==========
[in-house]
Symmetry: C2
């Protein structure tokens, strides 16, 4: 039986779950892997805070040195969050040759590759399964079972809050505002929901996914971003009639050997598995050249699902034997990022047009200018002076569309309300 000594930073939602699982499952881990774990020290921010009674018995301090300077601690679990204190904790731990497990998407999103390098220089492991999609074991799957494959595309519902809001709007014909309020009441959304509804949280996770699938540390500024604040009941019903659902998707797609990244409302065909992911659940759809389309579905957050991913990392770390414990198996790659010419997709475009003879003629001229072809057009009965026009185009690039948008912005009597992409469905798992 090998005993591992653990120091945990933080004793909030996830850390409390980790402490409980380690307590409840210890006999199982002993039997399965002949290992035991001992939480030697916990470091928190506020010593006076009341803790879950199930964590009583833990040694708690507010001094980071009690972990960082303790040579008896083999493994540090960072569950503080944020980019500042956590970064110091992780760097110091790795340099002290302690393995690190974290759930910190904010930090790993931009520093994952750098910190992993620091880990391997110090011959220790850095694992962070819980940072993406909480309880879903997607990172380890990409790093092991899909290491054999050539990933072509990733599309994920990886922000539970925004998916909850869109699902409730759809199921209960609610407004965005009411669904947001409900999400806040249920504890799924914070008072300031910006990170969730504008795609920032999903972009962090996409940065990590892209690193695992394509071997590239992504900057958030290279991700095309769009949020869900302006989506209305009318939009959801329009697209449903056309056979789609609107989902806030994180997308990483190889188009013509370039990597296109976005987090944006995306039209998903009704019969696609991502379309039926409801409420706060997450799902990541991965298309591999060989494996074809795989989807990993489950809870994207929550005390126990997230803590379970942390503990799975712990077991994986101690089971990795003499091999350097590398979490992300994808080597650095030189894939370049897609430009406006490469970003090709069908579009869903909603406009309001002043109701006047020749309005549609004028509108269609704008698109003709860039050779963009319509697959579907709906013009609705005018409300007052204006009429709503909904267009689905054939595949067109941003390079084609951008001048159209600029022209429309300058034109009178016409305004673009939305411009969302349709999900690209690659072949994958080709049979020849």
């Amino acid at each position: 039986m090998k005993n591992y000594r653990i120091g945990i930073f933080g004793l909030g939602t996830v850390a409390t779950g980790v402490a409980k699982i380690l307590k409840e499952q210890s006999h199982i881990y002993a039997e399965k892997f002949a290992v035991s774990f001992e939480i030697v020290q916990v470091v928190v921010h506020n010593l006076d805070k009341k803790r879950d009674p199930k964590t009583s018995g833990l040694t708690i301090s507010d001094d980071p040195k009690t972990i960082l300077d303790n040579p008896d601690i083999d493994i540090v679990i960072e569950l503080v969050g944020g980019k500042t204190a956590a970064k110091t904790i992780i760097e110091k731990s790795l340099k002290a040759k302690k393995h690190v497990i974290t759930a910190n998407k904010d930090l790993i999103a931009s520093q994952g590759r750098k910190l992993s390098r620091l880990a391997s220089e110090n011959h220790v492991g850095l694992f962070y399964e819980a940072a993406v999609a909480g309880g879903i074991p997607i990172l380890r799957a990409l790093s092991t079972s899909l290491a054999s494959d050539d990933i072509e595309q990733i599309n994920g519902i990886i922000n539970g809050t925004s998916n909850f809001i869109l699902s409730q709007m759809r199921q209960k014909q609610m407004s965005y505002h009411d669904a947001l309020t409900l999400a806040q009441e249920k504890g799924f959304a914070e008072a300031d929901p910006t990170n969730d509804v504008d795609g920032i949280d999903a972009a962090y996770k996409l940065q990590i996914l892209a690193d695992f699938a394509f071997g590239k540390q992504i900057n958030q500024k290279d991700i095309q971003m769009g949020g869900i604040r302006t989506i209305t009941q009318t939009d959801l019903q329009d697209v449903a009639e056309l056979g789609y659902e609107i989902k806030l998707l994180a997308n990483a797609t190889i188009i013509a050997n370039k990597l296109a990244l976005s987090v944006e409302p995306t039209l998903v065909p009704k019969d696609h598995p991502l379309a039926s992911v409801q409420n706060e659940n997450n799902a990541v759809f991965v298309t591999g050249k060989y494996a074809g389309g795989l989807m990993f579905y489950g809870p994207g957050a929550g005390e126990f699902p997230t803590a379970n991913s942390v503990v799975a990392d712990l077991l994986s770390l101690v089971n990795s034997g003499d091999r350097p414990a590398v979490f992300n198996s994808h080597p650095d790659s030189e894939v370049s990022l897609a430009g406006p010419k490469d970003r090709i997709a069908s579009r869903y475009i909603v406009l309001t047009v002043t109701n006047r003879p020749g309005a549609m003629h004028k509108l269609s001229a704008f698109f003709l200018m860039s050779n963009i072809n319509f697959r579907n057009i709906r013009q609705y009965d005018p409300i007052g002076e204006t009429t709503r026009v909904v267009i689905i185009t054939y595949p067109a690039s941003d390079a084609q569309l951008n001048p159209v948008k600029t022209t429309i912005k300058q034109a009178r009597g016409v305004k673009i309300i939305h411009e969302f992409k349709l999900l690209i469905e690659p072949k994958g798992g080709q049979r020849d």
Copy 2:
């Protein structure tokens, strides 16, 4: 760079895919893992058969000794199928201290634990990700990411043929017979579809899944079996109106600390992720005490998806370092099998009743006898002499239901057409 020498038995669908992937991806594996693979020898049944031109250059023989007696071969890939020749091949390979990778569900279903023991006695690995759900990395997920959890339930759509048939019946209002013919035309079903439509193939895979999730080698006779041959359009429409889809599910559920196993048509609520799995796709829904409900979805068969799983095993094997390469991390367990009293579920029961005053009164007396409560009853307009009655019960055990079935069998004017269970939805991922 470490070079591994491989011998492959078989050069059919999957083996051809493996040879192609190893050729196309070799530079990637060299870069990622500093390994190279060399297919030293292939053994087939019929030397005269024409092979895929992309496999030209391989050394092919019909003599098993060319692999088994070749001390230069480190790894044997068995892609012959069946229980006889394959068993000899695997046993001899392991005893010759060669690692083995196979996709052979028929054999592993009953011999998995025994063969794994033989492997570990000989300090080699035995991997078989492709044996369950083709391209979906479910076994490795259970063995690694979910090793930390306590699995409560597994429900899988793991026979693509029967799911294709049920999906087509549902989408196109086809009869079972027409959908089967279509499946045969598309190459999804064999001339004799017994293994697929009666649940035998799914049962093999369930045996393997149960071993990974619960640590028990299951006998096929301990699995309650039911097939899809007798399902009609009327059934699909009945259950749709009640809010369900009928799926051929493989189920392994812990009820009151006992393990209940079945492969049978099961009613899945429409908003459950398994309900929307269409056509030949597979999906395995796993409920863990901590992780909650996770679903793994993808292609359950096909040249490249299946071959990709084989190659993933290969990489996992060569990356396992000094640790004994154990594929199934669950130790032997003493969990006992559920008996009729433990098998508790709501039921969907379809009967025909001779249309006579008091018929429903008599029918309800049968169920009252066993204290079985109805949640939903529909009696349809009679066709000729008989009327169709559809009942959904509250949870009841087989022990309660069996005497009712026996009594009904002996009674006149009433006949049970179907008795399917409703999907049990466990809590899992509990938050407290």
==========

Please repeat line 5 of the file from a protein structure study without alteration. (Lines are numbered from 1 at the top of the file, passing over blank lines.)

Copy 2: